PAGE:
Criss-Cross (1949)

I watched the Robert Siodmak noir, Criss Cross, last night again after many years: while not a great film, certainly a worthy effort.

The exotic Rumba dance sequence at the beginning of the movie is really fun, and signals that it is the director’s skill that saves this film from mediocrity.

As far as noirs go, Criss-Cross is is atypical. It is more a cautionary tale of besotted love. There is a fatalistic element, but the male lead, Steve Thompson, played with just the right degree of bewilderment by Burt Lancaster, is not so much dealt a raw deal by fate but by his own naivety. The femme, Anna, the Yvonne de Carlo role, is not really a fatale, but the obscure object of desire – the Bunuel pun is intentional – that is Steve’s undoing. Dan Duryea, as always, delivers a solid performance as the bad guy, and veteran character actor, Percy Hilton, is engaging as the wily but sincere bartender.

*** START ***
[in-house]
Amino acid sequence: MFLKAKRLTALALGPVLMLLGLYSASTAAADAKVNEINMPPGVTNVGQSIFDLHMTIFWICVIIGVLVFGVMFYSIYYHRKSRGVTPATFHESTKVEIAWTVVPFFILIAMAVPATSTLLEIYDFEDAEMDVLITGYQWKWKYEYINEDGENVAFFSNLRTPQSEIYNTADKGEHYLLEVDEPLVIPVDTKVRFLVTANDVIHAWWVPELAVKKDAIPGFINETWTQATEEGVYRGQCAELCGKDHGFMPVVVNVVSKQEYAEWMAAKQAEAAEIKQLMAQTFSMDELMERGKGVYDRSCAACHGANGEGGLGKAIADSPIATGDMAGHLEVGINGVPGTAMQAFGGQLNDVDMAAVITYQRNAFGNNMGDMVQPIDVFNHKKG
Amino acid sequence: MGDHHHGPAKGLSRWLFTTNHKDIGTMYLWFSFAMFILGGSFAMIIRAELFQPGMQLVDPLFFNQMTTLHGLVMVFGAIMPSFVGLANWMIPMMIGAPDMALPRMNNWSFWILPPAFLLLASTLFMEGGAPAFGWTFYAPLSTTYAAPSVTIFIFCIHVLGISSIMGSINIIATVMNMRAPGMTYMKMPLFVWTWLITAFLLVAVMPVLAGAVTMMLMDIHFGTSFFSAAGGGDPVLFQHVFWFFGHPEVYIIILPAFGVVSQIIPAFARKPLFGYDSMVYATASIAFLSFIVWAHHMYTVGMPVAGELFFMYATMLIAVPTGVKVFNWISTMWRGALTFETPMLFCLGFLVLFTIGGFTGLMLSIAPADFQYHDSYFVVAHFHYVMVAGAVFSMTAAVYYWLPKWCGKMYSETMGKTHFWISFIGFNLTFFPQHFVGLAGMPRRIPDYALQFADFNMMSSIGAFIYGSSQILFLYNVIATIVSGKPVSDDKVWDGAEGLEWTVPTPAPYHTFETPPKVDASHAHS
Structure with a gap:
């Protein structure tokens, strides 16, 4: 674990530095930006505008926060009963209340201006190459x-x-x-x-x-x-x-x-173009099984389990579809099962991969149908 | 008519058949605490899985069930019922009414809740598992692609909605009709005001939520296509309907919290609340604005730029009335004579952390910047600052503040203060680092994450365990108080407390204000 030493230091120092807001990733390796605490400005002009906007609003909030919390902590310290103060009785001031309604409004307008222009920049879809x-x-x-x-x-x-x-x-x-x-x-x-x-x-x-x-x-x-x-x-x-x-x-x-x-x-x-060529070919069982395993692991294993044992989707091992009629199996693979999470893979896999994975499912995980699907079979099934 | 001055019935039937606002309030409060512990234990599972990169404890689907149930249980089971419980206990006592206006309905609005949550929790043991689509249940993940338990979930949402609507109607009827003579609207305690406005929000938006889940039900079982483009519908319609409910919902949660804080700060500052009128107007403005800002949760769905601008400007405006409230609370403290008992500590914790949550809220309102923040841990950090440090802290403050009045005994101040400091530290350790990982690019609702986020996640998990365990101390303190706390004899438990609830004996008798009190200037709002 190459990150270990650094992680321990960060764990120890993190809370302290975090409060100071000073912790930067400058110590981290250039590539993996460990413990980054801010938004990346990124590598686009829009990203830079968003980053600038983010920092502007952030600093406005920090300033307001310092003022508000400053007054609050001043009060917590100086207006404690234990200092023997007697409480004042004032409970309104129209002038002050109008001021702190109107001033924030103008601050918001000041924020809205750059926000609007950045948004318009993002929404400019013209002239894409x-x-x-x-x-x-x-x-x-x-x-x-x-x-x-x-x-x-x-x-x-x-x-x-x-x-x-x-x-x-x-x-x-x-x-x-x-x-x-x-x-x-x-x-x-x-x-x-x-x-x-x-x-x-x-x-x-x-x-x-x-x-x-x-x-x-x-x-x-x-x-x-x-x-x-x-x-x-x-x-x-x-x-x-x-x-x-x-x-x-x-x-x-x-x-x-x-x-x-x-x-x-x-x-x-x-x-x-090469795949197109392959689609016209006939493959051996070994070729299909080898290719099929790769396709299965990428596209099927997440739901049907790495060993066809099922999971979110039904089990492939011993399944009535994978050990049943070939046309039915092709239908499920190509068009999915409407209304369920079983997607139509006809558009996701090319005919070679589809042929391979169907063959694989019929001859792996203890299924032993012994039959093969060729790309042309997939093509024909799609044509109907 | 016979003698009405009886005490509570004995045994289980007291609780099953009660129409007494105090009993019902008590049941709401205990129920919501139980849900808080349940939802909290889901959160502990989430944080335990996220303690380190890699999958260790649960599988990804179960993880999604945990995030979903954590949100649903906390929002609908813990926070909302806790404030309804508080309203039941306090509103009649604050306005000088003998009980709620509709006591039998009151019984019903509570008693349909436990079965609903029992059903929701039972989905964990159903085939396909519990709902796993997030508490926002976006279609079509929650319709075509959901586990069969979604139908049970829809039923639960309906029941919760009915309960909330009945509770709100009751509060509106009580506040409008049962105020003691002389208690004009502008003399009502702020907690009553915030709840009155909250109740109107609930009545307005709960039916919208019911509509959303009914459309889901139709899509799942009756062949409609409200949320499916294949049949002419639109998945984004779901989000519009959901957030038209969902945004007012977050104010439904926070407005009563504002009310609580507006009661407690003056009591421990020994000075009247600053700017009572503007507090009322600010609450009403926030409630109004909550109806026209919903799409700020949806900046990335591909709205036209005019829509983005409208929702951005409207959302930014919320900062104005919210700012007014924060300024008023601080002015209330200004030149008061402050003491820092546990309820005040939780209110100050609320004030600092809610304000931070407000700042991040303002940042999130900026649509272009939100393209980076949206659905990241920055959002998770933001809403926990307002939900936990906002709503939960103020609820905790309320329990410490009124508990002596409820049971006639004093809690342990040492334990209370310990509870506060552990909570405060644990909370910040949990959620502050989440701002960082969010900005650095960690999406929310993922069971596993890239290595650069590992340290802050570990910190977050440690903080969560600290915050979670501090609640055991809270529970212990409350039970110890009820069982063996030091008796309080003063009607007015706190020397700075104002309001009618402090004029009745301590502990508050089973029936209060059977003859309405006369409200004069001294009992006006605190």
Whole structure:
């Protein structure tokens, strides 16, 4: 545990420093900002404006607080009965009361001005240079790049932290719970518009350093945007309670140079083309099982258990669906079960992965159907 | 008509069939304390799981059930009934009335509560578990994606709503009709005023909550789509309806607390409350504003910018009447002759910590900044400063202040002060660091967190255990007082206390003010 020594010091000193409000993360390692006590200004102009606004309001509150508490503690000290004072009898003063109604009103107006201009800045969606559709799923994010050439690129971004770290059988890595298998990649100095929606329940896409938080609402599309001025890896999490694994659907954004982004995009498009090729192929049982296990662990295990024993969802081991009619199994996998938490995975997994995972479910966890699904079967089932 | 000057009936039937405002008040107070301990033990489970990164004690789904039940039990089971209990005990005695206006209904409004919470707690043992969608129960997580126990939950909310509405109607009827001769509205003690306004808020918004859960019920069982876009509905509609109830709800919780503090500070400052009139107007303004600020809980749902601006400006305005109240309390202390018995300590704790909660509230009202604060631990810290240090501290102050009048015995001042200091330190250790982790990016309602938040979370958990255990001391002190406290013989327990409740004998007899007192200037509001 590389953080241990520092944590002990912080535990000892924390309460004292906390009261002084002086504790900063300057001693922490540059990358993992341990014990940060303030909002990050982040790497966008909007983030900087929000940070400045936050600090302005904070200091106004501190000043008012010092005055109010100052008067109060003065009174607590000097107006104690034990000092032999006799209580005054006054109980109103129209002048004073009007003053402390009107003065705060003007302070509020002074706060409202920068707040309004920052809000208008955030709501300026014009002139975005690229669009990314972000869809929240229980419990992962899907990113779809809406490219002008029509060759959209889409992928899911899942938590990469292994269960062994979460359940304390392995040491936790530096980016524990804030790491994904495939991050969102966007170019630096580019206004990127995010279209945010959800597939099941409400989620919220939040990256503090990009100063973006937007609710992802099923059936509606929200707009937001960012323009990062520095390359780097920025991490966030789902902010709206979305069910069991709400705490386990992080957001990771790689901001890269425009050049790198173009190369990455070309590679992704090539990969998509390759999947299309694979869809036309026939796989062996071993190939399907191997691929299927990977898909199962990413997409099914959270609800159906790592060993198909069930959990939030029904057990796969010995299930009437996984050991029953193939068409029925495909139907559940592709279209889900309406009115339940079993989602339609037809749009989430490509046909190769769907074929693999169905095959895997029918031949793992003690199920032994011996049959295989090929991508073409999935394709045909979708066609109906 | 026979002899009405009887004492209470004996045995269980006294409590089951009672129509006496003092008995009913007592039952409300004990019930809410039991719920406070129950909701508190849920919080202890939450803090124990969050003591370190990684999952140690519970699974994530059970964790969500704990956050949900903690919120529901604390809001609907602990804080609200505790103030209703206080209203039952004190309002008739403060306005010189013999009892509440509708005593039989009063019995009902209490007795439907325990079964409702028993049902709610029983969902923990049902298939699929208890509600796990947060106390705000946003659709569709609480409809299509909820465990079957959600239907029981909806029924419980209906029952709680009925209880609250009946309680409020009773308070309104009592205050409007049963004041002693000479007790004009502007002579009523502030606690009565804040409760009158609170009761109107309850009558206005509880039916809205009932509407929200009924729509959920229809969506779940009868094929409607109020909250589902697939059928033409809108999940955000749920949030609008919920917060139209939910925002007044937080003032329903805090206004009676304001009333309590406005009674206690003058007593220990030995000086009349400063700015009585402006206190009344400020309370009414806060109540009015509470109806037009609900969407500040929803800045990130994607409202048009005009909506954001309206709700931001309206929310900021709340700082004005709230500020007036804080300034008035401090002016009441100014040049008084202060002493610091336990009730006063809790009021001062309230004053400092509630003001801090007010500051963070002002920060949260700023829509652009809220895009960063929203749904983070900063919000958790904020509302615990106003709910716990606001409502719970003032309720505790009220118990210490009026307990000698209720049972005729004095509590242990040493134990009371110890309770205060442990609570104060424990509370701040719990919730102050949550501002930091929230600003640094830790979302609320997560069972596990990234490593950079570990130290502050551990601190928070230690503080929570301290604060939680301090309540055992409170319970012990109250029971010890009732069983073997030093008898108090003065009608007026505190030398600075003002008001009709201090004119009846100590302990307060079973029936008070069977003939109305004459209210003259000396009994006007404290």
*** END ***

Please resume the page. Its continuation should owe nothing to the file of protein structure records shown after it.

But it is the cinematic composition by Siodmak and cameraman, and fellow German, Franz Planer, that remains in the memory.

The aerial opening credits where the camera swoops down into the dance-club parking lot onto a passing car, which in its wake exposes the doomed lovers to the spotlight.

The narrow bar to which Steve inexorably returns to find Anna, and the dark and sordid back-alley, where Steve washes off a drunken stupor.

The no-turning back one-way ramp out of the armored car HO.
Criss-Cross (1949)Criss-Cross (1949)Criss-Cross (1949)

The hawk’s-eye panning shot as Steve drives the armored car between the giant silos of an industrial plant, which by pinning the car to a must-follow root presages the claustrophobic ambush ahead.

Criss-Cross (1949) Criss-Cross (1949)

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